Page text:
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Countering Urban Terrorism in Russia and the United States: Proceedings of a Workshop tory and make it more accessible and usable to a broad audience. Services will include development and dissemination of a search engine available to subscribers to facilitate independent research into the repository and other approved Web content and created using specific taxonomy developed for homeland security and medical response topics bibliographies on selected topics focused technical reports, specialized white papers, handbooks, and data books that address general or specific homeland security and medical response issues retrospective analyses of information related to homeland security and medical responses to improve future emergency response to disaster events reports on existing military and civilian, public and private, domestic and international projects to minimize duplication of efforts and maximize existing investments identification of homeland security and medical response program gaps and engagement of groups with proven expertise to create programs to fill those gaps meta-analysis of repository material requested by IAC staff or by clients IAC Technical Requirements System Description The IAC technical infrastructure will (1) enable staff and authorized users to initiate a secure Web connection to view and download files with a standard Web browser, (2) maintain a reference database application tied to a search engine that functions as a database of databases, and (3) maintain a relational database of documents relevant to homeland security and medical response. System components include a public Web portal, a virtual private network (VPN), a reference database, and the IAC relational database in a secured environment. System Design Where possible, the configuration of hardware and software will utilize existing systems and commercial off-the-shelf components. Several key components are as follows: Web portal and scalability: The system will utilize the single-point-of-entry concept that has been demonstrated by existing IACs; it will be designed to accommodate increasing numbers of users as utilization increases and will also facilitate redirection to existing and future database components as the system evolves.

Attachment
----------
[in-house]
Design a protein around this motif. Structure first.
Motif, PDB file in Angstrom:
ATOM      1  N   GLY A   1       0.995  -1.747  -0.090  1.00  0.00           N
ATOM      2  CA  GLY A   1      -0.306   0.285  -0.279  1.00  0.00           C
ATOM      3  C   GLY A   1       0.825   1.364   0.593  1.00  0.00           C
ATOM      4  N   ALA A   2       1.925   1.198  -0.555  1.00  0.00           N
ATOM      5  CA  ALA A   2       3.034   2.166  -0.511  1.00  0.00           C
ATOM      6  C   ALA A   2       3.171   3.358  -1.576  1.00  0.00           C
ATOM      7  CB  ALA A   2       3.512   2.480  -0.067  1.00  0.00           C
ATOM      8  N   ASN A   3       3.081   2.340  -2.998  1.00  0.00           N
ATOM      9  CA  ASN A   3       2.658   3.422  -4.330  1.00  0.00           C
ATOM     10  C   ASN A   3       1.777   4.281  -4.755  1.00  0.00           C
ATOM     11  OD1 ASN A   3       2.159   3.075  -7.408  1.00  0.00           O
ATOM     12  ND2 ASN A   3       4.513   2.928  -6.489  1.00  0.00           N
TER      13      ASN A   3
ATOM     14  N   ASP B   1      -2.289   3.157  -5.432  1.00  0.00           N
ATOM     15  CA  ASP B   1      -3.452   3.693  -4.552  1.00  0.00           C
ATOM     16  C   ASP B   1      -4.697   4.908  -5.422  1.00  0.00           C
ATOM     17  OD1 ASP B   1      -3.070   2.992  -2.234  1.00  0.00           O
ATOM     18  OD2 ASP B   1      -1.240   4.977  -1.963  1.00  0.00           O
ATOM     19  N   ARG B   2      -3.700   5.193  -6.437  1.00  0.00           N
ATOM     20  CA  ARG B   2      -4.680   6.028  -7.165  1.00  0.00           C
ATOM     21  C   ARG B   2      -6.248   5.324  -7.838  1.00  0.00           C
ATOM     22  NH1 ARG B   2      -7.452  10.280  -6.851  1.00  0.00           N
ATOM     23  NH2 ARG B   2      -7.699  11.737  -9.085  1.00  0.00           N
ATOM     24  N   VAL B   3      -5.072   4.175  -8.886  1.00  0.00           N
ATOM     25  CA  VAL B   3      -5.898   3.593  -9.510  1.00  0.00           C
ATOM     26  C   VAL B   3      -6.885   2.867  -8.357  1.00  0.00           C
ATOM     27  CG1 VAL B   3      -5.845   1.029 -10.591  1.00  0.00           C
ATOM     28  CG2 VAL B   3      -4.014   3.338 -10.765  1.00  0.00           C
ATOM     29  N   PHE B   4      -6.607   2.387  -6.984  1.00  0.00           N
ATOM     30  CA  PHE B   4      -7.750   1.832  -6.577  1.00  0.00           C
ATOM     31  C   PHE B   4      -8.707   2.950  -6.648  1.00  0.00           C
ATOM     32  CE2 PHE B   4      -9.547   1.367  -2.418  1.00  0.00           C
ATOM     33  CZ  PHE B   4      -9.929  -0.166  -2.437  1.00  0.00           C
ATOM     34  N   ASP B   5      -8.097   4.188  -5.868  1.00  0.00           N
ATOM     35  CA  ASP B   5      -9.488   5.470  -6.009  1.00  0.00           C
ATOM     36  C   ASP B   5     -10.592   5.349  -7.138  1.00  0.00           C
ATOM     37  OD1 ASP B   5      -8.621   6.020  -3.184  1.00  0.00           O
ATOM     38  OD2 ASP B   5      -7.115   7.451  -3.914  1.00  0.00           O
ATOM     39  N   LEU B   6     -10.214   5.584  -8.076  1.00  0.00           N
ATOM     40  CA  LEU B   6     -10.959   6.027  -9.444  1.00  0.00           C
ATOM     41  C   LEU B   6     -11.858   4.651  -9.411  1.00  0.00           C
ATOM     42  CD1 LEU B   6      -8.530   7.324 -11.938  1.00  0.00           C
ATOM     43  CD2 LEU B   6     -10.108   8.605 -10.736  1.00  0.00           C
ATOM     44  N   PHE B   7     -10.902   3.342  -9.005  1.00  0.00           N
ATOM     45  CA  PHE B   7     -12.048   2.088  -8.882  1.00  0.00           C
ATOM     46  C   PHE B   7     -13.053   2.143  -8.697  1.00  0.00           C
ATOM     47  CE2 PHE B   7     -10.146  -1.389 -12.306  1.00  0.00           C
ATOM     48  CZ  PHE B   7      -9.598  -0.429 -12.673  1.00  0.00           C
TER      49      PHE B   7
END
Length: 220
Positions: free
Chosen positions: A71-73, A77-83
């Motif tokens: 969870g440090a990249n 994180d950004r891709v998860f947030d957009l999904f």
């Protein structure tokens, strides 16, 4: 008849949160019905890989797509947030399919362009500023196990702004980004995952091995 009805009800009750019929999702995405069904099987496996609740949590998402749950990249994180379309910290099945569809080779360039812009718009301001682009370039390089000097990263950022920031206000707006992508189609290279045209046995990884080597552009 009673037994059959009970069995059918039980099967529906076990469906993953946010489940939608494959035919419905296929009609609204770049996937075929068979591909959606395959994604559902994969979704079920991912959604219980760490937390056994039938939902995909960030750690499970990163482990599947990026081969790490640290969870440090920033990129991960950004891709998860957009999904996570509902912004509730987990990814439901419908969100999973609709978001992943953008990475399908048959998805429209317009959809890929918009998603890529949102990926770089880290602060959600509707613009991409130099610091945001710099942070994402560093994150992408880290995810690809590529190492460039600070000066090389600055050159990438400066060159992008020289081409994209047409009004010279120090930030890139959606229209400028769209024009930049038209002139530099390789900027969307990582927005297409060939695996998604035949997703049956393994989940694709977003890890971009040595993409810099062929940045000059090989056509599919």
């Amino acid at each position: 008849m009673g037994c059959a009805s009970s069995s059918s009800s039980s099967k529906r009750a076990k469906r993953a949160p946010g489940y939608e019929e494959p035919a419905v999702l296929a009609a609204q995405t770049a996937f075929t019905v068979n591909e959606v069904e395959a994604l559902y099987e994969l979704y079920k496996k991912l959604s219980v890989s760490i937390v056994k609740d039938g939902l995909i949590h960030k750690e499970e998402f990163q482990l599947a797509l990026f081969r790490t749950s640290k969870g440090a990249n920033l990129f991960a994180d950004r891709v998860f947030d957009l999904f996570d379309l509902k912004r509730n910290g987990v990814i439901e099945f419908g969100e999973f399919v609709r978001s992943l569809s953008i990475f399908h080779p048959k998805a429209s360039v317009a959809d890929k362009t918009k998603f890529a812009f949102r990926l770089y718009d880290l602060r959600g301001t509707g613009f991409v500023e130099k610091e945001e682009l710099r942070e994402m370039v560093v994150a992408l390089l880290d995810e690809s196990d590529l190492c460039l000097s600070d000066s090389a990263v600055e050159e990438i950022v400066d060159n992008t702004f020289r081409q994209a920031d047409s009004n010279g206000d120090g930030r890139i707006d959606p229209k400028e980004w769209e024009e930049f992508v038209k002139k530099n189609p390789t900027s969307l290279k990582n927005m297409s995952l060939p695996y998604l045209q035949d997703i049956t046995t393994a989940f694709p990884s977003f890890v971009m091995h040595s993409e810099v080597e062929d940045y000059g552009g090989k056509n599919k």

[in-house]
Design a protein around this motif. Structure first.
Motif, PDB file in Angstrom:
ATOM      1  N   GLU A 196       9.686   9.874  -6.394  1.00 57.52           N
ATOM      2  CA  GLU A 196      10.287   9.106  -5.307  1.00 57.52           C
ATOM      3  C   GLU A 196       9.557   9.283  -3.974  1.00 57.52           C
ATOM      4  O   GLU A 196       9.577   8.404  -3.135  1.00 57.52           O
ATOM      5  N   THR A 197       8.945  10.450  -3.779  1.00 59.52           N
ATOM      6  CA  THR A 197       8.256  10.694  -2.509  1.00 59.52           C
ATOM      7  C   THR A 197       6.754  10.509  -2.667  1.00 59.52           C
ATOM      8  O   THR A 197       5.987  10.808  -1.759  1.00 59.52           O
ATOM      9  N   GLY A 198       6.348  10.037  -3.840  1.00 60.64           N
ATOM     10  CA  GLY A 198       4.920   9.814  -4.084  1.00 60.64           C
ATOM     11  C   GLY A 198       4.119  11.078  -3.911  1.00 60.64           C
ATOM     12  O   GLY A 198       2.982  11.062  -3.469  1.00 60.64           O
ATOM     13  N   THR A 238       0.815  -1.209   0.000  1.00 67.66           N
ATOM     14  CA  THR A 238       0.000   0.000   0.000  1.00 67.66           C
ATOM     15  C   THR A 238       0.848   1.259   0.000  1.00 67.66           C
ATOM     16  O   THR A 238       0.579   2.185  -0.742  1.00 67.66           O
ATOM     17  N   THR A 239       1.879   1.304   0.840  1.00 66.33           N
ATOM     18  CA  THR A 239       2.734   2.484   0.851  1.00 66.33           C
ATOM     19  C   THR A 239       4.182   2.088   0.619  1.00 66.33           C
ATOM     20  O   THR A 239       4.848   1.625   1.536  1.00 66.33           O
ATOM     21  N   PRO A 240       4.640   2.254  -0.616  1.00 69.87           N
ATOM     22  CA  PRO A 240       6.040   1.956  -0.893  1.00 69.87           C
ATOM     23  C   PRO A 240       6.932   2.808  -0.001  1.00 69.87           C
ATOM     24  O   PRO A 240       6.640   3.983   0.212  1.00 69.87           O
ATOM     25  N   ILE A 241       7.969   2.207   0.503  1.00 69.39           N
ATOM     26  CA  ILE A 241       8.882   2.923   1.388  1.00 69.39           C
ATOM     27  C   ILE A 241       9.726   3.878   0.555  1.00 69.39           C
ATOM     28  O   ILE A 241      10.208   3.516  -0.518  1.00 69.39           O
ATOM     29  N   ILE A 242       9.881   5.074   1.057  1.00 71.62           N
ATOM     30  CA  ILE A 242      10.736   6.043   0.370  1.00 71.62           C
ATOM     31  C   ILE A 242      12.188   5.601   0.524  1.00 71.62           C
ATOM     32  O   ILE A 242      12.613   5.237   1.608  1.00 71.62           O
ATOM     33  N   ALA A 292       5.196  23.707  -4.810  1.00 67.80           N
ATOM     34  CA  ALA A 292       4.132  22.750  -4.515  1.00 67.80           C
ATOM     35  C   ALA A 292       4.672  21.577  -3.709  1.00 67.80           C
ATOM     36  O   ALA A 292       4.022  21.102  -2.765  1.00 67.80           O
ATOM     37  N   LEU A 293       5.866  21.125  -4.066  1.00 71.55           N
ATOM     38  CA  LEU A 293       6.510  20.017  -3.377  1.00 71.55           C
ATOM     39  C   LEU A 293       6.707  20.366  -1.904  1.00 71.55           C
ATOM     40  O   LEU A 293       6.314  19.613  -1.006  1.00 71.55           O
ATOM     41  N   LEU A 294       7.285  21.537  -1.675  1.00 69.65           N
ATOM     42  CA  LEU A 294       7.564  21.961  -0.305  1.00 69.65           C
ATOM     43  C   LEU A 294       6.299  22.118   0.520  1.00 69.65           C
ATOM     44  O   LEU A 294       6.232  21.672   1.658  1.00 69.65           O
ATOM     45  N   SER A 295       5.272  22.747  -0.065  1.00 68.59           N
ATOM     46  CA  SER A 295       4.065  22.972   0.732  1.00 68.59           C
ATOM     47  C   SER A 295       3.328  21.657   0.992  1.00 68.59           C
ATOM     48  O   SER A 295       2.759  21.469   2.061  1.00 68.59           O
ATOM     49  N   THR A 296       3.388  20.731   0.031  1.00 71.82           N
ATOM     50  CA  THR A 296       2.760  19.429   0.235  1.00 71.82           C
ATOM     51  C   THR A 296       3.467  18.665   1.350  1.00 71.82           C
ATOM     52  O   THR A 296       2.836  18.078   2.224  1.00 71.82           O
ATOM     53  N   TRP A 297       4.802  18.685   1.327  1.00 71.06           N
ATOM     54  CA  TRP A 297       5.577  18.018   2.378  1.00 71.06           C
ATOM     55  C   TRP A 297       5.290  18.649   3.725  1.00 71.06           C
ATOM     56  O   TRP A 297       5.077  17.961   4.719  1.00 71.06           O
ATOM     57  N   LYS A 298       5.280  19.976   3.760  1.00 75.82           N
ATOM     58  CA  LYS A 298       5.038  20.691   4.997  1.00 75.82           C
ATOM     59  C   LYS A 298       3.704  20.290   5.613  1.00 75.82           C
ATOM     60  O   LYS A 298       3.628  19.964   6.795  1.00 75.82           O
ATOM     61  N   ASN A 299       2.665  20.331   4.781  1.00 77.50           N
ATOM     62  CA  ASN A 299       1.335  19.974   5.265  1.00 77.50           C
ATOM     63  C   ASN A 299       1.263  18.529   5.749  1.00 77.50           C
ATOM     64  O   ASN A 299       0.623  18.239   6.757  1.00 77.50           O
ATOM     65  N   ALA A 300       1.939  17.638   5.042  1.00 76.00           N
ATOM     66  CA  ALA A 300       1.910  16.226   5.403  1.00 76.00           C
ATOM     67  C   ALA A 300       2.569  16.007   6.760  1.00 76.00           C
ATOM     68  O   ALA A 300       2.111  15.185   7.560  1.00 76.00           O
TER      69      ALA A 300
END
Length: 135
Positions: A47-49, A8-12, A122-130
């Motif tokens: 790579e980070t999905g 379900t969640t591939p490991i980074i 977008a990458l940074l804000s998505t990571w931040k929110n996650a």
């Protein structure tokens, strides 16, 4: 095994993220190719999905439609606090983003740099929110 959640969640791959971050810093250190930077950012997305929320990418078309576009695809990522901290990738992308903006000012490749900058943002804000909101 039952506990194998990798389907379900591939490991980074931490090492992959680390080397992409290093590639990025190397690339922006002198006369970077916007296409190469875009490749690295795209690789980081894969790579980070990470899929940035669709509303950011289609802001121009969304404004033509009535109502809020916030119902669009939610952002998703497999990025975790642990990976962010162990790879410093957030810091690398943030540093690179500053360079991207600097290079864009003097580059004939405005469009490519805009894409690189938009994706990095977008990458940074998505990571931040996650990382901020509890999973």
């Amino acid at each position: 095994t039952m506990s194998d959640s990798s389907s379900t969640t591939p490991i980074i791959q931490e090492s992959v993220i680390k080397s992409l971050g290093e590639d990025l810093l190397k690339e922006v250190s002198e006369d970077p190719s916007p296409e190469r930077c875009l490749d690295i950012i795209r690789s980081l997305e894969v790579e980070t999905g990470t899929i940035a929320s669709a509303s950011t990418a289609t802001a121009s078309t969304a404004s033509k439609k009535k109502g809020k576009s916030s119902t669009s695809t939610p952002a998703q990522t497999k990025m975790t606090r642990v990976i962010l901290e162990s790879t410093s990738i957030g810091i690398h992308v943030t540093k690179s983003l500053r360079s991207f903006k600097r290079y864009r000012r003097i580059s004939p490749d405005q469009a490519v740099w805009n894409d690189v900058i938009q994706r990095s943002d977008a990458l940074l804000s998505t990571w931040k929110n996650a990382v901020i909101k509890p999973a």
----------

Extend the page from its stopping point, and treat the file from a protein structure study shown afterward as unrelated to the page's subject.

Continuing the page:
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Countering Urban Terrorism in Russia and the United States: Proceedings of a Workshop Security: The system will utilize a VPN with Secure Sockets Layer pages for login and access, and a dedicated firewall attached directly to the incoming Internet connection will provide additional security; while users will include both civilian and military partners, user access will be categorized according to each user’s need to know and their ability to conform to all government regulations and procedures for information security. Reference database: This component will store keywords and search algorithms created by subject matter, information technology, and bibliographic experts to speed acquisition and analysis of the relational database. Relational database: The IAC will maintain numerous relational databases, such as Microsoft SQL Server and Oracle, and requirements for the relational databases will be designed to facilitate migration to and from other existing databases. CONCLUSION The thought of an outbreak of disease caused by the intentional release of a pathogen or toxin in a U.S. city was alien just 10 years ago. Many people believed that biological warfare was only in the military’s imagination, perhaps to be faced by soldiers on a faraway battlefield, if at all. The anthrax letters of 2001 and the resulting deaths from inhalation anthrax have changed that perception. The national, state, and local governments in the United States are preparing for what is now called not if, but when and how extensive biological terrorism. In contrast to the acute onset and first responder focus with a chemical attack, in a bioterrorist attack, the physician and the hospital will be at the center of the fray. Whether the attack is a hoax, a small foodborne outbreak, a lethal aerosol cloud moving silently through a city at night, or the introduction of a contagious disease, the physician who understands threat agent characteristics and diagnostic and treatment options and who thinks like an epidemiologist will have the greatest success in limiting the impact of the attack. As individual health care providers, we must add the exotic agents to our diagnostic differentials. Hospital administrators must consider augmenting diagnostic capabilities and surveillance programs and even making infrastructure modifications in preparation for the treatment of victims of bioterrorism. Above all, we must educate ourselves. If we respond correctly, preparation for a biological attack will be as dual use as the facility that produced the weapon. A sound public health infrastructure, which includes all of us and our resources, will serve this nation well for control of the disease, no matter what the cause of the disease.